By Robert Hahn and Peter Passell
China, we've been hearing, is cruising for a bruising — that the economy is likely headed for a period of slow growth the country can ill afford. We agree, but think it's important to distinguish between the risks in short and long run.
Beijing has the means to fight the downturn with a few commands to the banks and the government bureaucracy — something the self-appointed pilots of the Chinese ship of state managed both in 2008 and during the Asian financial panic in 1998. The immediate question is whether the government has the will to act at a time of leadership uncertainty.
But looking down the road five or 10 years, China is going to have a tough time escaping another problem, the middle-income trap. To reach the living standard of, say, South Korea, China needs (among other things) a more sophisticated, market-based banking system and independent financial regulation, along with the will to redistribute purchasing power to lower- and middle-income consumers. No walk in the park.
Back to the near term. In 2008, Beijing acted decisively to counter free-falling demand for Chinese exports by ordering the banks to lend the equivalent of some $600 billion, mostly for infrastructure projects sponsored by provincial and local governments. The banks are going to lose a lot of money on those loans. But the government has bailed them out in the past after they've marched off fiscal cliffs on orders from above, and can surely do it again.
This time around, though, Beijing has yet to act, probably because it is distracted by the leadership succession issue and not prepared to speak with one voice on a policy that would further leverage the financial system. Another hint of dissention at the top that is undermining decisive policymaking: In spite of the importance of Japanese investment (that is only made more important by the current decline in private spending), the government allowed rioters to destroy Japanese property in the wake of the squabble over ownership of the worthless Senkaku Islands. Beijing has since put the lid on protests, but seems ambivalent about taking the pot off the burner.
All this suggests the government will wait too long to prevent a decline in the growth rate from the 8-10 percent China needs to keep its economic miracle on track, to perhaps 4-5 percent. That raises the further worry that China's virtually unregulated, overleveraged shadow banking system (which is, in fact, very closely tied to the formal, regulated banking system) will fail in a big way. If this were to happen, an economic pause could deteriorate into a genuine recession — a very big deal in a society held together by expectations of a better life ahead.
The Long-Term Consequences
Assume (probably correctly) that whistling past the graveyard does China no great harm this time around. The economy still faces big problems in making the transition to real affluence. For one thing, the government-directed bank cartel lacks the sophistication to channel China's immense household and corporate savings into investments with the highest returns. To date, the consequences have not been all that visible — China's answer to the question of what to invest in has been "everything." But as the economy moves toward high-tech, it's going to matter a lot. An increasing portion of savings is now being funneled to private lenders, who are probably better at allocating capital; however, the lack of regulation of these shadow banks will make China increasingly vulnerable to inflation, asset bubbles and systemic financial failure.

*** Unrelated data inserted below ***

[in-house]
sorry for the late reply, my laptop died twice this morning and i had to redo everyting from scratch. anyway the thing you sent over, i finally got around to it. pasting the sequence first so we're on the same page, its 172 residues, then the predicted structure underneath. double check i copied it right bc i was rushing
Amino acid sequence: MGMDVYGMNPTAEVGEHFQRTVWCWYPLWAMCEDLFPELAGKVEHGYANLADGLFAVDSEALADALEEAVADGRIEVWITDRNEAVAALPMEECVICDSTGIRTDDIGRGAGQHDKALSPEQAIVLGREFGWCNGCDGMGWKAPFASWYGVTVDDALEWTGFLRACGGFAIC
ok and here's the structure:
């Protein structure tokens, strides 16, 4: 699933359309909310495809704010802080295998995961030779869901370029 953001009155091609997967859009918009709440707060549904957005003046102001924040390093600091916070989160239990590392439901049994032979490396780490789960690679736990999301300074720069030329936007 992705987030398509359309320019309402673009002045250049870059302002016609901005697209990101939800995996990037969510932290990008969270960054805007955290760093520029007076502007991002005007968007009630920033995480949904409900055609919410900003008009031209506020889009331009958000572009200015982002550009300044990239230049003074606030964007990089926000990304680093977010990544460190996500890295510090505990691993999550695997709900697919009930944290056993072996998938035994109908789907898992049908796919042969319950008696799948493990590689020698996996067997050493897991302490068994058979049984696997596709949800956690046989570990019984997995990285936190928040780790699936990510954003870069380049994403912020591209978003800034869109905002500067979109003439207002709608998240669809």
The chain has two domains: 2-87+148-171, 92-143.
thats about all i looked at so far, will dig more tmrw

Another sticky long-term issue is how to refocus demand on goods and services for use at home. China plainly needs to reduce its dependence on exports that are subject to wide swings in demand. And, in any event, the Chinese people surely deserve a higher living standard — better housing, better medical care, better everything. But to get from here to there, China's industrial capacity has to be repurposed, and households must be convinced that they can afford to save less and consume more.
A first step would be to allow the currency to appreciate. But exporters, already facing demands for higher wages from a restive labor force and greater competition from other developing countries, would certainly resist. Equally important, lenders would have to shift gears to offer credit to the right sort of ventures, which would be a daunting challenge for banks accustomed to serving as passive conduits. And don't forget households' reluctance to consume more — rational behavior in a society almost wholly lacking in a public safety net that is also facing a scarcity of young to take care of the old.
Can China tiptoe its way through this minefield? Maybe. But the fact that China has been successful in traversing dangerous territory ever since Deng Xiaoping (allegedly) declared that to get rich is glorious doesn't mean it will never trip and fall.
Robert Hahn is director of economics at the Smith School, University of Oxford, and a senior fellow at the Georgetown Center for Business and Public Policy. Peter Passell is a senior fellow at the Milken Institute and editor of the Milken Institute Review.